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Indigenous Relations Division

Sargeant Tommy Prince Memorial

Born in Manitoba, he was one of eleven children of Henry and Arabella Prince of the Brokenhead Ojibway Nation near Scanterbury, Manitoba.  Tommy Prince was the great-great grandson of Chief Peguis.  Sargeant Prince died at the Deer Lodge Hospital in Winnipeg in 1977 and was interred in the Brookside Cemetery.

Sargeant Prince's medals changed hands several times before coming up for auction in London, Ontario. His nephew, Chief Jim Bear, organized a pledge drive and purchased the medals, entrusting them to the Manitoba Museum in Winnipeg.

Since his passing, a number of honours have been bestowed in his name. Some of them are:

  • Sgt. Tommy Prince Street – Winnipeg, Manitoba
  • Sgt Tommy Prince School – Scanterbury, Manitoba
  • The "Tommy Prince Barracks" at Canadian Forces Base, Petawawa, Ontario
  • The "Tommy Prince Drill Hall" at the Land Force Western Area Training Centre in Wainwright, Alberta
  • Government of Canada "Sergeant Tommy Prince Army Training Initiative" for Aboriginal recruiting
  • The "Tommy Prince Award": An Assembly of First Nations scholarship
  • The "Tommy Prince Scholarship" at Sault College, Sault Ste. Marie, Ontario
  • 553 Sgt. Tommy Prince PPCLI Cadet Corps, Winnipeg, Manitoba
  • Tommy Prince Road in the Valour Park/Victoria Cross Park – a mixed-use development of Currie Barracks in Calgary, Alberta (2010)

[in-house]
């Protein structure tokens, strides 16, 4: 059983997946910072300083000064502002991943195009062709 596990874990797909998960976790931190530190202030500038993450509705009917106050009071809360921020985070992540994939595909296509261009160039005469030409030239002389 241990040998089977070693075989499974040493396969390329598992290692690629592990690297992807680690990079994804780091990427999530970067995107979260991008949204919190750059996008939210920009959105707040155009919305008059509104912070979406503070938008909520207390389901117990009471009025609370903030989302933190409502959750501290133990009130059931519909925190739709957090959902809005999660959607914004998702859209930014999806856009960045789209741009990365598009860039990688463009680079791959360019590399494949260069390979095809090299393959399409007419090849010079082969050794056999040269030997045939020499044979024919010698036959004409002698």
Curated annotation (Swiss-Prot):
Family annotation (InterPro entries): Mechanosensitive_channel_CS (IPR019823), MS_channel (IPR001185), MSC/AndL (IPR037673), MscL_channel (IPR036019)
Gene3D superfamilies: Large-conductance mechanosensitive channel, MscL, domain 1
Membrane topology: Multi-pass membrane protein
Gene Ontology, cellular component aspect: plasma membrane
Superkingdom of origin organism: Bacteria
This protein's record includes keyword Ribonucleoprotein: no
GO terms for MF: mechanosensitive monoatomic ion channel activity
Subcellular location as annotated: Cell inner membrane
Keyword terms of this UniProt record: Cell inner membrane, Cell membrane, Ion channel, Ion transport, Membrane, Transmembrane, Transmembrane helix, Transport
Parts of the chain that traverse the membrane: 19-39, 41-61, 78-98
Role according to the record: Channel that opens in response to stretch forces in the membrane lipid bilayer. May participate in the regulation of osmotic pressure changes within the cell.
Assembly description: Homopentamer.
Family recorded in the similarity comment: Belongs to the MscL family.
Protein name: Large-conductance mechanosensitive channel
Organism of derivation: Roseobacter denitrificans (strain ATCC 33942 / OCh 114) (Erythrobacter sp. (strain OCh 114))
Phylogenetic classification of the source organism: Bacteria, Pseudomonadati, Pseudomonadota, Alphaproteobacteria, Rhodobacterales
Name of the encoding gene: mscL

• In 2005, Historica Canada released a Heritage Minute on Prince. https://www.historicacanada.ca/content/heritage-minutes/tommy-prince

Sargeant Prince is one of the country’s most decorated Indigenous soldiers. At the start of World War II, Prince volunteered to fight with the Canadian Army serving in the 1st Special Service Force (also called The Devil's Brigade). After returning to the UK, Prince was summoned to Buckingham Palace on February 12, 1945 where King George VI presented him with his Military Medal. Prince would later receive his Silver Star from US General Koening (on behalf of the American President on April 24, 1945; he was one of 59 Canadians to receive this award during the war, and one of only three to receive the Silver Star and Military Medal. In all, Sargeant Tommy Prince was decorated nine times, the most of any Indigenous soldier in the war.

In August 1950, Prince re-enlisted in the Canadian Army to fight with the United Nations troops in the Korean War. Prince became a member of the 2nd Battalion Princess Patricia's Canadian Light Infantry (2 PPCLI), the first Canadian regiment to arrive in the war zone. Prince was present with the 2 PPCLI when it became the first Canadian unit awarded the United States Presidential Unit Citation for distinguished service in the Battle of Kapyong on April 24 and 25, 1951.

The Sargeant Tommy Prince Memorial is located at a City of Winnipeg facility, the Freight House, Door # 1 - 200 Isabel Street.

The memorial is free and open to the public during the following times http://winnipeg.ca/cms/recreation/facilities/leisurecentres/freighthouse.stm

Last update: November 3, 2017
Did you Know?
Winnipeg derives its name from the Cree word of 'win' for muddy and 'nippee' for water. An Indigenous trading centre prior to the arrival of the Europeans, Winnipeg was at the heart of the country's fur trade and instrumental in developing Canada's gateway to the west.